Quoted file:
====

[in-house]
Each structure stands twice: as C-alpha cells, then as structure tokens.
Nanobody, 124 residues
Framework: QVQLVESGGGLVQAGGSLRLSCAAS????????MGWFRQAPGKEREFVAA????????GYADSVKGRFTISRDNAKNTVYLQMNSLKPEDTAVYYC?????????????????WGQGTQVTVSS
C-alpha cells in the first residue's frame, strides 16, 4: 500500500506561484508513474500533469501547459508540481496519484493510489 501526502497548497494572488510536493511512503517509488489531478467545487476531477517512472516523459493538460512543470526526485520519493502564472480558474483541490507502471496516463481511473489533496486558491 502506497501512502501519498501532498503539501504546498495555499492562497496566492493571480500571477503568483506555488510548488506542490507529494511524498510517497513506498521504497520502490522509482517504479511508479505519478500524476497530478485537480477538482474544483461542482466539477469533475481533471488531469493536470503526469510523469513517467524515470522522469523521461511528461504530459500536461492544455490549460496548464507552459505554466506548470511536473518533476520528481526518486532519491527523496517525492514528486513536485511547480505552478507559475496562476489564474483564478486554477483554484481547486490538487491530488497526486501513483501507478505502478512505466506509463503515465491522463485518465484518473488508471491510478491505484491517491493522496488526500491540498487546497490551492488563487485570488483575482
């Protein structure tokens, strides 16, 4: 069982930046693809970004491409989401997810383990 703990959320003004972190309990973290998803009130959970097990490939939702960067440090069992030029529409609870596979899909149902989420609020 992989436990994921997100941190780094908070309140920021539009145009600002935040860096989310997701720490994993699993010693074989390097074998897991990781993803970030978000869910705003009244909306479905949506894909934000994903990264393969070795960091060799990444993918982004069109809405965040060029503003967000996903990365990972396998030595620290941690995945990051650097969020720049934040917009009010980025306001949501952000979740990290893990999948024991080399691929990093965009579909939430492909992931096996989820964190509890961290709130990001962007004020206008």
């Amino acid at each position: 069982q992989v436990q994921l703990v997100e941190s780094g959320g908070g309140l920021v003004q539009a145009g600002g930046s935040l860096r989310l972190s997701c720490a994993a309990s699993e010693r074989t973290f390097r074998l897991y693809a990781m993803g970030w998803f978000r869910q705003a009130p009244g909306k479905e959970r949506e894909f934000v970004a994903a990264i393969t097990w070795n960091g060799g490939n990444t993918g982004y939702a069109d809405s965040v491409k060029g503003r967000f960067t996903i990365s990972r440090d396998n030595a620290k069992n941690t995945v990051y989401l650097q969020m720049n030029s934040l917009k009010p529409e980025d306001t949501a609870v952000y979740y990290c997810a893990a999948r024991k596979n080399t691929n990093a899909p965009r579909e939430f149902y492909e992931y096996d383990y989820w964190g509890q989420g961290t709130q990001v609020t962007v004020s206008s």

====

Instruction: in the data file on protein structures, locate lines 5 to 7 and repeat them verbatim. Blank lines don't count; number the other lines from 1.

C-alpha cells in the first residue's frame, strides 16, 4: 500500500506561484508513474500533469501547459508540481496519484493510489 501526502497548497494572488510536493511512503517509488489531478467545487476531477517512472516523459493538460512543470526526485520519493502564472480558474483541490507502471496516463481511473489533496486558491 502506497501512502501519498501532498503539501504546498495555499492562497496566492493571480500571477503568483506555488510548488506542490507529494511524498510517497513506498521504497520502490522509482517504479511508479505519478500524476497530478485537480477538482474544483461542482466539477469533475481533471488531469493536470503526469510523469513517467524515470522522469523521461511528461504530459500536461492544455490549460496548464507552459505554466506548470511536473518533476520528481526518486532519491527523496517525492514528486513536485511547480505552478507559475496562476489564474483564478486554477483554484481547486490538487491530488497526486501513483501507478505502478512505466506509463503515465491522463485518465484518473488508471491510478491505484491517491493522496488526500491540498487546497490551492488563487485570488483575482
């Protein structure tokens, strides 16, 4: 069982930046693809970004491409989401997810383990 703990959320003004972190309990973290998803009130959970097990490939939702960067440090069992030029529409609870596979899909149902989420609020 992989436990994921997100941190780094908070309140920021539009145009600002935040860096989310997701720490994993699993010693074989390097074998897991990781993803970030978000869910705003009244909306479905949506894909934000994903990264393969070795960091060799990444993918982004069109809405965040060029503003967000996903990365990972396998030595620290941690995945990051650097969020720049934040917009009010980025306001949501952000979740990290893990999948024991080399691929990093965009579909939430492909992931096996989820964190509890961290709130990001962007004020206008």
């Amino acid at each position: 069982q992989v436990q994921l703990v997100e941190s780094g959320g908070g309140l920021v003004q539009a145009g600002g930046s935040l860096r989310l972190s997701c720490a994993a309990s699993e010693r074989t973290f390097r074998l897991y693809a990781m993803g970030w998803f978000r869910q705003a009130p009244g909306k479905e959970r949506e894909f934000v970004a994903a990264i393969t097990w070795n960091g060799g490939n990444t993918g982004y939702a069109d809405s965040v491409k060029g503003r967000f960067t996903i990365s990972r440090d396998n030595a620290k069992n941690t995945v990051y989401l650097q969020m720049n030029s934040l917009k009010p529409e980025d306001t949501a609870v952000y979740y990290c997810a893990a999948r024991k596979n080399t691929n990093a899909p965009r579909e939430f149902y492909e992931y096996d383990y989820w964190g509890q989420g961290t709130q990001v609020t962007v004020s206008s």